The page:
April this year used everything that she had in her weather tool box. She began with a cloudy day, but then managed to get the sky unclogged and the sun poured out.

After resting for two cloudy days, she turned the wrong lever and a snow flurry leaked through on April 5, well into Springtime.

This seemed to unnerve April; she never got the system working smoothly after that. It sometimes rained for several days in a row; sometimes the morning fog lasted until evening.

In between April's frenzies, she somehow produced sunny, Chamber-of-Commerce days that made you wish you could frolic as well as the young White-Tailed Deer.

Nonetheless, April kept the system running enough to justify her name. (The Romans named her “the opening” month [aperire: “to open”], in reference to the awakening of flowers and leaves during her shift.) The usual early bloomers in the gardens returned more or less on time and others were bursting with buds as April punched her time card. Among them were Daffodils, Andromeda, Rhododendron, and Forsythia:


When April started the job, important bog-preserving plants were just a hope. For example, only the spathes of Skunk Cabbage had emerged. Yet, on April’s last day before her 11-month vacation, the cabbage leaves were beginning to open and Fiddlehead (Ostrich) Ferns were emerging in their tight wrappings.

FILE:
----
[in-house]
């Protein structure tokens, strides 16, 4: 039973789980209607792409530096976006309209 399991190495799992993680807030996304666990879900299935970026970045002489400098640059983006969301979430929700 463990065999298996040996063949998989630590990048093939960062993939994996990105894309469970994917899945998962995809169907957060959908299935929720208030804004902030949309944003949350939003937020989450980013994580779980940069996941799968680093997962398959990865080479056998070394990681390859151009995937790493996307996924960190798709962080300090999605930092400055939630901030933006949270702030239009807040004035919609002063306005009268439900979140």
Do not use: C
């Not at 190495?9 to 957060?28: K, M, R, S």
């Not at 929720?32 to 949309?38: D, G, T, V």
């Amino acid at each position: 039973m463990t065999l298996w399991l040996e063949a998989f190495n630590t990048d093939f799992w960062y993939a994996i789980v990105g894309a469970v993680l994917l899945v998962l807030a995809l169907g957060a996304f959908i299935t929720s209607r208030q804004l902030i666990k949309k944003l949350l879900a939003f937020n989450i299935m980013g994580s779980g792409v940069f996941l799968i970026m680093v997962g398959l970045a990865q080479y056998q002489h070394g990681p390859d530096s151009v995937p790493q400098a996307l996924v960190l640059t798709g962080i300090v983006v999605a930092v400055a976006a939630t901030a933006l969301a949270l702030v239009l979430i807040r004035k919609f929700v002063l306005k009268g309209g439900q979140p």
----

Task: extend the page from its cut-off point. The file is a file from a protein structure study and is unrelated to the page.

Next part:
Also returning more or less on time were the migratory birds that nest here, including Tree Swallows, Red-Winged Blackbirds, and Northern Flickers.

Wild Turkeys are permanent residents here, but April is the month that the males (Toms) start to get kinky: They puff themselves up into hulks twice their usual size and strut stiffly around trying to impress the ladies.

Looking back at the whole month, one thing stands out: This was one of the wettest Aprils that we’ve had. And that's what we needed most from April. Last year, New England had a serious drought that adversely affected our ground and surface water. April was a major contributor toward reversing those effects. The wells -- Maine's primary source of drinking water -- are working; ponds are high, and the mossy streams in the woods are wildly alive.

For larger versions of the above images, as well as additional images of moments in April that we want to remember, click on the link below. (We recommend that your initial viewing be in full-screen mode, which can be achieved by clicking on the Slideshow [>] icon above the featured image in the gallery to which the link will take you.) Here’s the link to the full tour of April in Down East Maine:



Barbara and Dick